Also, although the mentoring and networking aspects of an incubator or accelerator program can be extremely helpful, there are plenty of ways to get this expert mentoring that don’t require giving away part of your company.
Applicant Competition is Fierce
Competition amongst applicants is fierce. Most programs will require you to submit a detailed business plan.
With most programs, you need to stay, or relocate, to the city that is offering the program. If you apply in a city like San Francisco – a free office space is great, but can you afford that area’s residential rent?
You need to commit for a year or more for most incubator programs. The program will also have a strict schedule with trainings and commitments. Ask yourself if you have a year to devote to growing your business in this specific way and environment.
For most entrepreneurs, due to work and family requirements, it simply is not possible to relocate to another city for such a long period of time.
Being in an incubator or accelerator program is kind of like having a boss who is there to help you become successful.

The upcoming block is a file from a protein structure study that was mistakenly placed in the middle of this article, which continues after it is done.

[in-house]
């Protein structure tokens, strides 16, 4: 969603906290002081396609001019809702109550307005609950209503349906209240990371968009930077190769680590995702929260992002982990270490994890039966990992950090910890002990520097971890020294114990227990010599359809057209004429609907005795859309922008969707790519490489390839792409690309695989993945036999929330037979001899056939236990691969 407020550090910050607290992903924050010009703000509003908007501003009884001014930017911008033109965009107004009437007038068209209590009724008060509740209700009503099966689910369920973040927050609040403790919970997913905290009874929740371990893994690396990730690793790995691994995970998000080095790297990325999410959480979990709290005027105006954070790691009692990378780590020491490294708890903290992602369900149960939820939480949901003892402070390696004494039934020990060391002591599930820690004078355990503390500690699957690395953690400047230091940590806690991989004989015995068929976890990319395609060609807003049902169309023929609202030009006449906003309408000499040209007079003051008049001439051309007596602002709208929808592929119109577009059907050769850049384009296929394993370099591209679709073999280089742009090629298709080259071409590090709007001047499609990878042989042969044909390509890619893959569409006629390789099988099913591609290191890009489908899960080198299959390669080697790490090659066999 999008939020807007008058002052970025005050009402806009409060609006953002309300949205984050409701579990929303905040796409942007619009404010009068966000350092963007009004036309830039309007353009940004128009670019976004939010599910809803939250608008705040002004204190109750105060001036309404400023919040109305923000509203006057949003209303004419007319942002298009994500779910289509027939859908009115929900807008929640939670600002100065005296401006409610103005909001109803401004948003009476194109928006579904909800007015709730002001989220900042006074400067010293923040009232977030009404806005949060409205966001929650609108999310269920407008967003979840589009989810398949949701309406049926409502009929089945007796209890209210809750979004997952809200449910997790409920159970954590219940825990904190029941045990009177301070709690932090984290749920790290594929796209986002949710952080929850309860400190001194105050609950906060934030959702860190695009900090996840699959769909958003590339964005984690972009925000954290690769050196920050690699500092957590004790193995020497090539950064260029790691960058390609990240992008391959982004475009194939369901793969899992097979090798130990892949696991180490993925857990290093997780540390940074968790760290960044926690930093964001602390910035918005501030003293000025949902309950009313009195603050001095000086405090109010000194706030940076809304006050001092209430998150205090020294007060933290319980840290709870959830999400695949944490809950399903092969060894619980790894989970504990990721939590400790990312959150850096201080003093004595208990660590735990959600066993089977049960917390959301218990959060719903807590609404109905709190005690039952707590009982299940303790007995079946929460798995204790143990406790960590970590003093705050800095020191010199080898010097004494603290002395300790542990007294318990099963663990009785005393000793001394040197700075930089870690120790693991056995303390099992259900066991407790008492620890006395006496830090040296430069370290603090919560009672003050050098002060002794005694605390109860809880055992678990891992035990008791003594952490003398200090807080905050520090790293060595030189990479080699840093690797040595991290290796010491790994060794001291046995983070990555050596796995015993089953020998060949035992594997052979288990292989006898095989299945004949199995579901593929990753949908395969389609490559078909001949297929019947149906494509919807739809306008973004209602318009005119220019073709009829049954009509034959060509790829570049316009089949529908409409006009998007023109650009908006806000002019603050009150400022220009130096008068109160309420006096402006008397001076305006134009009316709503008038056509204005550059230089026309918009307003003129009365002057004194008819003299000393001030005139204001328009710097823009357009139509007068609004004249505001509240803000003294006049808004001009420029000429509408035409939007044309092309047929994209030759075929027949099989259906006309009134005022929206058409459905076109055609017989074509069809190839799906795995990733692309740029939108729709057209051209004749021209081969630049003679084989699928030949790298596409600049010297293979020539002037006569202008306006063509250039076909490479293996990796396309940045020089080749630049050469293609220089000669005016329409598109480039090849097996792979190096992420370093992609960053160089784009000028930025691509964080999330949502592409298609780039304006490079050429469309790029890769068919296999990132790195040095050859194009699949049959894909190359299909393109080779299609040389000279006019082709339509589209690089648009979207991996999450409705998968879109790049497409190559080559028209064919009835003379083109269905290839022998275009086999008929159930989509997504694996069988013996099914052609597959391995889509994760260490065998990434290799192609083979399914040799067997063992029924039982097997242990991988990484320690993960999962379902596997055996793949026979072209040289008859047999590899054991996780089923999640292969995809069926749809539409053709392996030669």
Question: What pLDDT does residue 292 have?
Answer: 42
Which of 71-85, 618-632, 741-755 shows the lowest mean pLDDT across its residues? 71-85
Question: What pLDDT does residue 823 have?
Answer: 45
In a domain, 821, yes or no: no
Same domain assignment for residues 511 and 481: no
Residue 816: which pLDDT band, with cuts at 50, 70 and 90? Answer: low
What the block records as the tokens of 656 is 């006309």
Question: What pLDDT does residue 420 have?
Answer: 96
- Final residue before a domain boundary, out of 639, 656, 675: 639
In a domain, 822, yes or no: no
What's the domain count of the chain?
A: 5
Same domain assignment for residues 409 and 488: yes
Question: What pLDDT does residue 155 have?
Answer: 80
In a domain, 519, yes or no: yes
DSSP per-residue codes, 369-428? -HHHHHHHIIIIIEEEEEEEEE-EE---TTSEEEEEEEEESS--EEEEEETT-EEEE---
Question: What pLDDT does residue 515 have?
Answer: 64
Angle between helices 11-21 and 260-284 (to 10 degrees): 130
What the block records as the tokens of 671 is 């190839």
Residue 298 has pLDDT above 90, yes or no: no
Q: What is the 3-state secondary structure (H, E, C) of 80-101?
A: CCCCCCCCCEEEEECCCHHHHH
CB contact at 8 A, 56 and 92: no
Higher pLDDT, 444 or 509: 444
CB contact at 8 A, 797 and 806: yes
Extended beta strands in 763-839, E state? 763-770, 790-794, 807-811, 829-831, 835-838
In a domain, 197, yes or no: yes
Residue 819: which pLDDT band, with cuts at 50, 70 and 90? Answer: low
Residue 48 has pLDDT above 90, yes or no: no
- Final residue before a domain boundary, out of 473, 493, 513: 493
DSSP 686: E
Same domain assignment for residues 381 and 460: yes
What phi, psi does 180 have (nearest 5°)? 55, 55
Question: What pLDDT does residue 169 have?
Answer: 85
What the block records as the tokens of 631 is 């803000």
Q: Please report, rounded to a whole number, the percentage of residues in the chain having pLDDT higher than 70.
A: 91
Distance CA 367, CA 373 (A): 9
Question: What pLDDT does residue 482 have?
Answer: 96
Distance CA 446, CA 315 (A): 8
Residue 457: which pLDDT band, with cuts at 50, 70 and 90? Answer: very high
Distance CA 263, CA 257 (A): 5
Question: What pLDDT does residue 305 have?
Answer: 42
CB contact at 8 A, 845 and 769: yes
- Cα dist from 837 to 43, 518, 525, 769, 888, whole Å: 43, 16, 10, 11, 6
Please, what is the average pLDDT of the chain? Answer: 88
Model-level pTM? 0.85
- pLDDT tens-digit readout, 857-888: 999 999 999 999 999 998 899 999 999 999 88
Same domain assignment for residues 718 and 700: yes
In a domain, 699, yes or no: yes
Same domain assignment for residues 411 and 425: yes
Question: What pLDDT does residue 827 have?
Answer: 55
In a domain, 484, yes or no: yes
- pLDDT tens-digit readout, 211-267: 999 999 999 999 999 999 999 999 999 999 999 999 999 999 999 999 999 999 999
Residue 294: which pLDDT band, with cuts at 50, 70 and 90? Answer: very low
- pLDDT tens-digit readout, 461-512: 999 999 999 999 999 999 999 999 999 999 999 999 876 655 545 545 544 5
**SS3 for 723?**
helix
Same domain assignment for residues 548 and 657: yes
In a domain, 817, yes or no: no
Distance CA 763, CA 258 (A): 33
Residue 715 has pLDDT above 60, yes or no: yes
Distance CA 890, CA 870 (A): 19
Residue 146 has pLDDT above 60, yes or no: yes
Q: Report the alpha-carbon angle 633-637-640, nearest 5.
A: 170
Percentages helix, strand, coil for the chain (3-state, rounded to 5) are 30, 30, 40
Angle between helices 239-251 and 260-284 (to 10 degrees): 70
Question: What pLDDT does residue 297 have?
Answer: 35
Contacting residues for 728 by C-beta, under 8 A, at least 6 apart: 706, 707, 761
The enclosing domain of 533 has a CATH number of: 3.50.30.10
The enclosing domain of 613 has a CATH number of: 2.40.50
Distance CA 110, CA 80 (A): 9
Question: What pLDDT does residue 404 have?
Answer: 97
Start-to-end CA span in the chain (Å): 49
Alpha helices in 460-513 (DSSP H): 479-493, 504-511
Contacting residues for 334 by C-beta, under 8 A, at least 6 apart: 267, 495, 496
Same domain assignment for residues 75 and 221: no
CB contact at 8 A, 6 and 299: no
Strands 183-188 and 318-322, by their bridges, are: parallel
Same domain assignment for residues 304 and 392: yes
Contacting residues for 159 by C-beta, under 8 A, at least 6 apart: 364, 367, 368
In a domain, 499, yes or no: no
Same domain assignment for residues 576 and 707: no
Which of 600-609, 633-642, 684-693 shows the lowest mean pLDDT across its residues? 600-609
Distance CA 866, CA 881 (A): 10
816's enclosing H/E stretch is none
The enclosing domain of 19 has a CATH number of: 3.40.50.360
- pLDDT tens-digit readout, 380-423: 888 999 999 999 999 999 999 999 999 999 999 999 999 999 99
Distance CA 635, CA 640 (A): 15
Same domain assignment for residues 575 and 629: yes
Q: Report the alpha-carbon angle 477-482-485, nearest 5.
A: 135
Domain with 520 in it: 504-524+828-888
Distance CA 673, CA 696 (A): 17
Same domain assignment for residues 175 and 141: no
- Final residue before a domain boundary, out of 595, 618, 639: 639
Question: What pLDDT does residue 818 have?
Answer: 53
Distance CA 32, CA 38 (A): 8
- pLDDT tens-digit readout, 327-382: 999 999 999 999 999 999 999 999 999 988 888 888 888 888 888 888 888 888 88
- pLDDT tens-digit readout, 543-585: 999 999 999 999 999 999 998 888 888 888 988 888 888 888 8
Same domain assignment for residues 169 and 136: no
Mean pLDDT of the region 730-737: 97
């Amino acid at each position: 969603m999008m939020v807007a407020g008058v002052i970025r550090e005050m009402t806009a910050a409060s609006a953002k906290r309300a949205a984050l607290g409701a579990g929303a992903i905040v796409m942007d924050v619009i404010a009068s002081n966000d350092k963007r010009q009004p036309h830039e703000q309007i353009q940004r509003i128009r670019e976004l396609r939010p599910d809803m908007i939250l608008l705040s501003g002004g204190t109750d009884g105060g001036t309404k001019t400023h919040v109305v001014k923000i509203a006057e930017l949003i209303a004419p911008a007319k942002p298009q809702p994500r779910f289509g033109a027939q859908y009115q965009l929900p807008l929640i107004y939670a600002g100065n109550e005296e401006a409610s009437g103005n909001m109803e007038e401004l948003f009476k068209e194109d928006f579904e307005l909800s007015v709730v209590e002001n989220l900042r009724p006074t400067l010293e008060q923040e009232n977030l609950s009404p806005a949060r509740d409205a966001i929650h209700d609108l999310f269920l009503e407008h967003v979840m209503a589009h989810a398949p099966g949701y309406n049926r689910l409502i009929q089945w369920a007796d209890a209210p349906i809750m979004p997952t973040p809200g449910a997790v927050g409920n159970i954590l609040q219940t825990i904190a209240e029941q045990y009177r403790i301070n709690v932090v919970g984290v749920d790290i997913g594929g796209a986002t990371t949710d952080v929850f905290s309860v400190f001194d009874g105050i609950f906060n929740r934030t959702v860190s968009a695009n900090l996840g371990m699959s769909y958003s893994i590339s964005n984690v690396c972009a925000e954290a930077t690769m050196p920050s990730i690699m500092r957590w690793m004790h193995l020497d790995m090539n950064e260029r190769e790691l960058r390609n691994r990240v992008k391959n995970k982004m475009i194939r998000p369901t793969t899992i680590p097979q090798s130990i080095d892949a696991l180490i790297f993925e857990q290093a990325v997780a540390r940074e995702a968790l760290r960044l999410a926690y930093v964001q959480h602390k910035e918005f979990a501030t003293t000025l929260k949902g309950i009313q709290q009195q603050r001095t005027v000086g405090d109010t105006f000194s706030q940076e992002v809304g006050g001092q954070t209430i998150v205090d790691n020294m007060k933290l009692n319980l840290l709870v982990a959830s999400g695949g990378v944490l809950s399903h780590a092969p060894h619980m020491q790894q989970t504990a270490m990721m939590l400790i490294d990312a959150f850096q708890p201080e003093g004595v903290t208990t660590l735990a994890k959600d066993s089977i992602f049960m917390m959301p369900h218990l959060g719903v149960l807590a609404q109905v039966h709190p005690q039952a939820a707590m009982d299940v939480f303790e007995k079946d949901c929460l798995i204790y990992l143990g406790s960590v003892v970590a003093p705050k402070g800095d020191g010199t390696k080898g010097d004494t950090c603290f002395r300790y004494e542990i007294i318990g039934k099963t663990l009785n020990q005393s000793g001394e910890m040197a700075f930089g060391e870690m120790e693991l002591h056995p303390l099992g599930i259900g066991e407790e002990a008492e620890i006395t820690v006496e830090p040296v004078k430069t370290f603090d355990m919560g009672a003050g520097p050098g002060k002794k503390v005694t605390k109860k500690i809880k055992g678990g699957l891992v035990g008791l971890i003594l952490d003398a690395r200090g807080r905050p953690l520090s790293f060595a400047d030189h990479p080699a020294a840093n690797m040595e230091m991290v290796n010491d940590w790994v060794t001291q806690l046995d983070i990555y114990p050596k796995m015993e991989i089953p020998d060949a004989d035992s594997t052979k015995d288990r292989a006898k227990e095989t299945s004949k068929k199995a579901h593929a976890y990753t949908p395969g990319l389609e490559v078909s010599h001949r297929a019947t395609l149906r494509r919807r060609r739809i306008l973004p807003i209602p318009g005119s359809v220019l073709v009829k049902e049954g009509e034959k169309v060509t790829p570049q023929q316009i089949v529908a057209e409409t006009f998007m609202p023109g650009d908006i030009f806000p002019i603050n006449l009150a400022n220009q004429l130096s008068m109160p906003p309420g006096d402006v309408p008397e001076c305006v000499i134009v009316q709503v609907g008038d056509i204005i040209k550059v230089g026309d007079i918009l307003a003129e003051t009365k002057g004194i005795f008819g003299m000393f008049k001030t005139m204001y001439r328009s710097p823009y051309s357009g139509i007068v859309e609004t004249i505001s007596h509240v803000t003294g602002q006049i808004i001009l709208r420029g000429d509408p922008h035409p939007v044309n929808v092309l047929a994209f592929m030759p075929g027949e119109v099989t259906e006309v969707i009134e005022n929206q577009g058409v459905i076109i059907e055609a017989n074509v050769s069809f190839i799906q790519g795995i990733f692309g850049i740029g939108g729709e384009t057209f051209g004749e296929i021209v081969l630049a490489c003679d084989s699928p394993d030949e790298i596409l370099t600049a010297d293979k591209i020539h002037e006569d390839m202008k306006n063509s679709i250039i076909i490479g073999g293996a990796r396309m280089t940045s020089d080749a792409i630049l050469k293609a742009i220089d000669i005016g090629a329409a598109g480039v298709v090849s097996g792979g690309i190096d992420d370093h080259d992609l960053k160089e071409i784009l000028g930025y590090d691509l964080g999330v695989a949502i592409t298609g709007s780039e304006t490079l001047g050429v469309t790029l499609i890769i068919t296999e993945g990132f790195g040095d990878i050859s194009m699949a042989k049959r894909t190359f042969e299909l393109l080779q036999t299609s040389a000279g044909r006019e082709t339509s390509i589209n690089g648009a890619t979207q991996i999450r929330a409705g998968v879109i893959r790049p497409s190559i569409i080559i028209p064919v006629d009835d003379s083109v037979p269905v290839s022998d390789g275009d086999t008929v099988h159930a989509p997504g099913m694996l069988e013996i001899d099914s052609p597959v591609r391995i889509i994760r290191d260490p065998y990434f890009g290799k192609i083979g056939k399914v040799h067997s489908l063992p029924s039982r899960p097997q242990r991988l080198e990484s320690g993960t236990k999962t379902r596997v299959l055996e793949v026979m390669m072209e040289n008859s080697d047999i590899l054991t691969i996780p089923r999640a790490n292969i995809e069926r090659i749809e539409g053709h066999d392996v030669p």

If you participate in one you will be held accountable by someone other than yourself. The program is investing in your success, but that comes with expectations for your time and work. You need to honestly assess if this is the best work environment for you specifically.
Some people thrive under close supervision or with a Monday through Friday work schedule. Others do best when working on their own free time, without the constraints of an office setting and regular meetings, trainings, or mentorship sessions.
Be honest with yourself when assessing your preferred and most beneficial work environment.
Some of these perks don’t seem all that special in the post COVID-19 world where pretty much anything and everything can be accomplished online from home.
Websites like LegalZoom.com make applying for a business license easy to do on your own, and there is plenty of software for tracking expenses and filing your business taxes.
So, if you are self-motivated, and are the type of person who can figure out how to accomplish most tasks without someone watching over you, then you may not need an incubator program.
Some people might feel downright distracted by obligatory meetings, working dinners, meetups, and deadlines imposed on participants in these programs.
An accelerator program is different because they focus on helping you scale, and a big part of that is getting equity funding from professional investors.
How Much Do They Cost?
Be sure you properly assess the long-term cost of participation in an incubator or accelerator program. What type of loan terms are offered, or what percentage of equity in your company will you give up in exchange for the program benefits?
Does sacrificing this equity align with your long-term goals? Are you comfortable sacrificing this amount of money to achieve your long-term business goals?